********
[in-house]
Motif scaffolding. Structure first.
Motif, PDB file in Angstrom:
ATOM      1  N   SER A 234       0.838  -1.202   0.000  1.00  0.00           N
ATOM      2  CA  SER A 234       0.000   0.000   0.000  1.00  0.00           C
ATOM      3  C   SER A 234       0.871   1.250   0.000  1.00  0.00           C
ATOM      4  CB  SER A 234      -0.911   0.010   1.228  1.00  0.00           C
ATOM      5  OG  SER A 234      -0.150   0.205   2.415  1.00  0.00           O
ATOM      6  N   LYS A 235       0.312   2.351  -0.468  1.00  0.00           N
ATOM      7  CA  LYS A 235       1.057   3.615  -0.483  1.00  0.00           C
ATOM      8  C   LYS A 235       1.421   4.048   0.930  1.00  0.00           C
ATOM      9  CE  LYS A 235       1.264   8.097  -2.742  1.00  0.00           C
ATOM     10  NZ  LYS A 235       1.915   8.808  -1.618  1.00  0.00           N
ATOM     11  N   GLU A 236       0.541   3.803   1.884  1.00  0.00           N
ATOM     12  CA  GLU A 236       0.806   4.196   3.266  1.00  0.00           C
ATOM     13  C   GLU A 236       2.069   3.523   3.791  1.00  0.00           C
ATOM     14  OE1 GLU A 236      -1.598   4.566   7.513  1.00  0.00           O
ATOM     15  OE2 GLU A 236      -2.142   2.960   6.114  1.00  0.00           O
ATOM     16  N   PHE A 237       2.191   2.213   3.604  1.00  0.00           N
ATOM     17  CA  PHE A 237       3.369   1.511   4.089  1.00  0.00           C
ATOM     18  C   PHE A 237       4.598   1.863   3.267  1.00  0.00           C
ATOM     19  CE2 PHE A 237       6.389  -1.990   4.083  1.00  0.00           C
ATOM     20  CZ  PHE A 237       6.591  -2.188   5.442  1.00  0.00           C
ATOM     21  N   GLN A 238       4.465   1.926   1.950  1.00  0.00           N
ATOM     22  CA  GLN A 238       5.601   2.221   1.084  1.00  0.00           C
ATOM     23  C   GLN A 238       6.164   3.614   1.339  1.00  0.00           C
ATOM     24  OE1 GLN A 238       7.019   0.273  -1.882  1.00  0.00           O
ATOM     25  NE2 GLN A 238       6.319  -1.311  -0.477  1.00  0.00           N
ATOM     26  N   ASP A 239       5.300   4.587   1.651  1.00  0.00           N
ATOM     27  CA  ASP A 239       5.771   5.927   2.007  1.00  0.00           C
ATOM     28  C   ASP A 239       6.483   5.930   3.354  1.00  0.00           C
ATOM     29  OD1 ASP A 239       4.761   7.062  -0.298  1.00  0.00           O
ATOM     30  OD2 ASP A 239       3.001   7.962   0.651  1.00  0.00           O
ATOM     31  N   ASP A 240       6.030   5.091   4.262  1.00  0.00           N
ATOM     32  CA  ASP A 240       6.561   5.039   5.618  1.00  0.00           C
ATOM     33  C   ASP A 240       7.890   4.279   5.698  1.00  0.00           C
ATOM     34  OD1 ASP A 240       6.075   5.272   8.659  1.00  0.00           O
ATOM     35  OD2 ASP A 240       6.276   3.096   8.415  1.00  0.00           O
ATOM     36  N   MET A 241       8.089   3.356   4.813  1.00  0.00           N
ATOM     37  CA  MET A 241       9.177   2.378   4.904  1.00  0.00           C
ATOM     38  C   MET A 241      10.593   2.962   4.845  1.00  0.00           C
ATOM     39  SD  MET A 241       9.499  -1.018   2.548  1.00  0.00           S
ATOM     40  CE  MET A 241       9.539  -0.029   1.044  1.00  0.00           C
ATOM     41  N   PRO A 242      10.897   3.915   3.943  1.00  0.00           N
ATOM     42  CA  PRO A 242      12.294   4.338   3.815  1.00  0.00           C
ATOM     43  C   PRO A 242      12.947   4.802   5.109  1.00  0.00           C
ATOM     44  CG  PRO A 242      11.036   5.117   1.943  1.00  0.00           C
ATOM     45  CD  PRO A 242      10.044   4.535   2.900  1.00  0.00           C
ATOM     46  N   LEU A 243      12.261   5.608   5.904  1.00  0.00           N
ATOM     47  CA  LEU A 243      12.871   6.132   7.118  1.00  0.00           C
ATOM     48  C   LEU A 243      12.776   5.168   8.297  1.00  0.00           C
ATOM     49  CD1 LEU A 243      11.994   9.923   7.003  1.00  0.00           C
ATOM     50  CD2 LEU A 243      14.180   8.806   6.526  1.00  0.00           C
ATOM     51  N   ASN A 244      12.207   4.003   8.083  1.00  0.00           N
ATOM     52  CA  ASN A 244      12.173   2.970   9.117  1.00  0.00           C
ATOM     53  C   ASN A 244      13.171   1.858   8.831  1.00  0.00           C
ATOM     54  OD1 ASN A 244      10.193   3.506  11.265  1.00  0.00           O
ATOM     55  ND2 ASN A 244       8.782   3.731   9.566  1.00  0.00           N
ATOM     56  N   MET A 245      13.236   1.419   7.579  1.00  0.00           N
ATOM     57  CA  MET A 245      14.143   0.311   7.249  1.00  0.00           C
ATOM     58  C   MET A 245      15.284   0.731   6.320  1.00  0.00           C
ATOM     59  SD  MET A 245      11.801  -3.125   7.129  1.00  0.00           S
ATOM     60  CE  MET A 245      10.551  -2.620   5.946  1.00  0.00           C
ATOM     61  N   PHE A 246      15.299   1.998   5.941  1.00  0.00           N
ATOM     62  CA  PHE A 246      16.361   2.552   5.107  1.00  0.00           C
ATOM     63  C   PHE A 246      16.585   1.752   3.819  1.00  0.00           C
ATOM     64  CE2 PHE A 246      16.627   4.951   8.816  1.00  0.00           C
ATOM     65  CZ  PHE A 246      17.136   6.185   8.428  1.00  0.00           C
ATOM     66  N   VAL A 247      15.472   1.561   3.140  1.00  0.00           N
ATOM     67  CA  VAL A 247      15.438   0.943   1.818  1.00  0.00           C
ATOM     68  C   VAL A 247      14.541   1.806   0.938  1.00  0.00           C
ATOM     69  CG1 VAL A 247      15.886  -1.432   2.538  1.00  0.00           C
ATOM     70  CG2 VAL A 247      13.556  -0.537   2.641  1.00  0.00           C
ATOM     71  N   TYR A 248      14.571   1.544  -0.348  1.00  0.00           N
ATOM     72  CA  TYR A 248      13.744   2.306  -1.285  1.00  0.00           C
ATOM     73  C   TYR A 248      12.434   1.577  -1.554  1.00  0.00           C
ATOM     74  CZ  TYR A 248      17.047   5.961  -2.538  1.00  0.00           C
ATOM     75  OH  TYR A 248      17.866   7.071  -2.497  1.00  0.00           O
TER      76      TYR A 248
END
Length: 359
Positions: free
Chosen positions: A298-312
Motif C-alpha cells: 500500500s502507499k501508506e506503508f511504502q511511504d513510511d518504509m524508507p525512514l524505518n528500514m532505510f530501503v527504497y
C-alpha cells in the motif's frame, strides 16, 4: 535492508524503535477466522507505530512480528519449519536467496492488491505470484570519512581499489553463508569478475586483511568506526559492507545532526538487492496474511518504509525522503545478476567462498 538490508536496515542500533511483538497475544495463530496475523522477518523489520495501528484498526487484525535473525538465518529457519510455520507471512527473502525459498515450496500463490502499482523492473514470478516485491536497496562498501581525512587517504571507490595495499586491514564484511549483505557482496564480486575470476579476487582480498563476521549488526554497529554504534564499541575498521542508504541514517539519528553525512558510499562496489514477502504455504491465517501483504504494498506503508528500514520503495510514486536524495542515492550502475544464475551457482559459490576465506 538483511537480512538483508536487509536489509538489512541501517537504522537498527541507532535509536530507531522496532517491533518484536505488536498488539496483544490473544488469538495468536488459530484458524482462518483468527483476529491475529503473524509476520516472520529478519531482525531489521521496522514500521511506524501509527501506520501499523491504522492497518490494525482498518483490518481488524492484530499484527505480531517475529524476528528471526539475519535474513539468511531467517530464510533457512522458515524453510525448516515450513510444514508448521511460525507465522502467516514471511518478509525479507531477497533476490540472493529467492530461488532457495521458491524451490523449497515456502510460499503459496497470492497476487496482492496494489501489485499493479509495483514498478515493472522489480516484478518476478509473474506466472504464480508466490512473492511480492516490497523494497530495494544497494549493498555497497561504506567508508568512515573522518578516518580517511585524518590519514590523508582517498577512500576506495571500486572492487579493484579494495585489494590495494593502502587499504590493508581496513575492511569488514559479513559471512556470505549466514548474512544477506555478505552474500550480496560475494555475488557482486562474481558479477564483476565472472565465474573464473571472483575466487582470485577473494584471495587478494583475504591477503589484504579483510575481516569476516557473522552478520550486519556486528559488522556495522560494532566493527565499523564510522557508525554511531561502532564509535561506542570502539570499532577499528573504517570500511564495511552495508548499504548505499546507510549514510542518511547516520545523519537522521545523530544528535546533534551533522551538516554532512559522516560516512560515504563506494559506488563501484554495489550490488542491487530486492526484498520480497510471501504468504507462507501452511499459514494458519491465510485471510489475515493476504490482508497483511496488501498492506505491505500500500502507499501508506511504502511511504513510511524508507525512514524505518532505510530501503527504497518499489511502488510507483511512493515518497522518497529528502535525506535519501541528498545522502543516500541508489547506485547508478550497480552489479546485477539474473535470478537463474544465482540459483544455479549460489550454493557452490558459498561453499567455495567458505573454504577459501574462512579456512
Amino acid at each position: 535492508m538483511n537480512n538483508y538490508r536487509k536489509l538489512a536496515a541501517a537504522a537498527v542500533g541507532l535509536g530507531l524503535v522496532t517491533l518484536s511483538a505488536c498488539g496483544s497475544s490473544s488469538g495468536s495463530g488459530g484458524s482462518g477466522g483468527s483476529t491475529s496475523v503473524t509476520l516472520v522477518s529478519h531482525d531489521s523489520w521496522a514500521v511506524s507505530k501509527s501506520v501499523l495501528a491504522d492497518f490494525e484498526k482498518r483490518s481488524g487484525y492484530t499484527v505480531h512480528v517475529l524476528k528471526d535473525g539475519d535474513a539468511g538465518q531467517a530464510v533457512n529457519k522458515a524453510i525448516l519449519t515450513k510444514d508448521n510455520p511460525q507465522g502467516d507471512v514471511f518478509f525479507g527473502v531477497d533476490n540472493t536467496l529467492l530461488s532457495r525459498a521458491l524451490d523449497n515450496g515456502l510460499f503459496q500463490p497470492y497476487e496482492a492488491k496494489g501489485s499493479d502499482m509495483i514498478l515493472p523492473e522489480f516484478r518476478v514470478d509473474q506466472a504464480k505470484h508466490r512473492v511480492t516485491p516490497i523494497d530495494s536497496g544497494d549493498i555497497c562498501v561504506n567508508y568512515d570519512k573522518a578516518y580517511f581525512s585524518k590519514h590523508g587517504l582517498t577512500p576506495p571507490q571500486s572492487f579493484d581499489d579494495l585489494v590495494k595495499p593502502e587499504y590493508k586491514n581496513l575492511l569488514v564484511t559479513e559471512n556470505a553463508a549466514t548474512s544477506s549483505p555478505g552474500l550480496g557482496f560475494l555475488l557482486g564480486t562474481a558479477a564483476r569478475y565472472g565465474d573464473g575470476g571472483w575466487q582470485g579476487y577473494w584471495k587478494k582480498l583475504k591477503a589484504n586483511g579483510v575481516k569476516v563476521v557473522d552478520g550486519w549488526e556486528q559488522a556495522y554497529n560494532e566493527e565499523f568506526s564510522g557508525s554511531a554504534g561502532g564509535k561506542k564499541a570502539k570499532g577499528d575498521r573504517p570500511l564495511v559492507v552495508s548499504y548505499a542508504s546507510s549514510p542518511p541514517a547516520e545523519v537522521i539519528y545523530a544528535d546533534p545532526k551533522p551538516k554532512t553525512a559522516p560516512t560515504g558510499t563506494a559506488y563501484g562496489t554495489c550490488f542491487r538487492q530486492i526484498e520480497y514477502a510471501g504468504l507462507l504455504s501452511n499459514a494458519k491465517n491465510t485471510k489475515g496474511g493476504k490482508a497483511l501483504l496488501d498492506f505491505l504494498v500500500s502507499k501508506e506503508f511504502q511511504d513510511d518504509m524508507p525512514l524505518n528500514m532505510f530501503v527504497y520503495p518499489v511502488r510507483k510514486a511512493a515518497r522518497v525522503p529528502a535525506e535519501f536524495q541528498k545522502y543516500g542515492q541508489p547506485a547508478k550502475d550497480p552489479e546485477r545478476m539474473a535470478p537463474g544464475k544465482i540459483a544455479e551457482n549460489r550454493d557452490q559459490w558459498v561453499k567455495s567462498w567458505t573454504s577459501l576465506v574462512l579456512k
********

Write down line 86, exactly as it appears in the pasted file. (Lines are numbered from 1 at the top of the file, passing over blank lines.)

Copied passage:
Amino acid at each position: 535492508m538483511n537480512n538483508y538490508r536487509k536489509l538489512a536496515a541501517a537504522a537498527v542500533g541507532l535509536g530507531l524503535v522496532t517491533l518484536s511483538a505488536c498488539g496483544s497475544s490473544s488469538g495468536s495463530g488459530g484458524s482462518g477466522g483468527s483476529t491475529s496475523v503473524t509476520l516472520v522477518s529478519h531482525d531489521s523489520w521496522a514500521v511506524s507505530k501509527s501506520v501499523l495501528a491504522d492497518f490494525e484498526k482498518r483490518s481488524g487484525y492484530t499484527v505480531h512480528v517475529l524476528k528471526d535473525g539475519d535474513a539468511g538465518q531467517a530464510v533457512n529457519k522458515a524453510i525448516l519449519t515450513k510444514d508448521n510455520p511460525q507465522g502467516d507471512v514471511f518478509f525479507g527473502v531477497d533476490n540472493t536467496l529467492l530461488s532457495r525459498a521458491l524451490d523449497n515450496g515456502l510460499f503459496q500463490p497470492y497476487e496482492a492488491k496494489g501489485s499493479d502499482m509495483i514498478l515493472p523492473e522489480f516484478r518476478v514470478d509473474q506466472a504464480k505470484h508466490r512473492v511480492t516485491p516490497i523494497d530495494s536497496g544497494d549493498i555497497c562498501v561504506n567508508y568512515d570519512k573522518a578516518y580517511f581525512s585524518k590519514h590523508g587517504l582517498t577512500p576506495p571507490q571500486s572492487f579493484d581499489d579494495l585489494v590495494k595495499p593502502e587499504y590493508k586491514n581496513l575492511l569488514v564484511t559479513e559471512n556470505a553463508a549466514t548474512s544477506s549483505p555478505g552474500l550480496g557482496f560475494l555475488l557482486g564480486t562474481a558479477a564483476r569478475y565472472g565465474d573464473g575470476g571472483w575466487q582470485g579476487y577473494w584471495k587478494k582480498l583475504k591477503a589484504n586483511g579483510v575481516k569476516v563476521v557473522d552478520g550486519w549488526e556486528q559488522a556495522y554497529n560494532e566493527e565499523f568506526s564510522g557508525s554511531a554504534g561502532g564509535k561506542k564499541a570502539k570499532g577499528d575498521r573504517p570500511l564495511v559492507v552495508s548499504y548505499a542508504s546507510s549514510p542518511p541514517a547516520e545523519v537522521i539519528y545523530a544528535d546533534p545532526k551533522p551538516k554532512t553525512a559522516p560516512t560515504g558510499t563506494a559506488y563501484g562496489t554495489c550490488f542491487r538487492q530486492i526484498e520480497y514477502a510471501g504468504l507462507l504455504s501452511n499459514a494458519k491465517n491465510t485471510k489475515g496474511g493476504k490482508a497483511l501483504l496488501d498492506f505491505l504494498v500500500s502507499k501508506e506503508f511504502q511511504d513510511d518504509m524508507p525512514l524505518n528500514m532505510f530501503v527504497y520503495p518499489v511502488r510507483k510514486a511512493a515518497r522518497v525522503p529528502a535525506e535519501f536524495q541528498k545522502y543516500g542515492q541508489p547506485a547508478k550502475d550497480p552489479e546485477r545478476m539474473a535470478p537463474g544464475k544465482i540459483a544455479e551457482n549460489r550454493d557452490q559459490w558459498v561453499k567455495s567462498w567458505t573454504s577459501l576465506v574462512l579456512k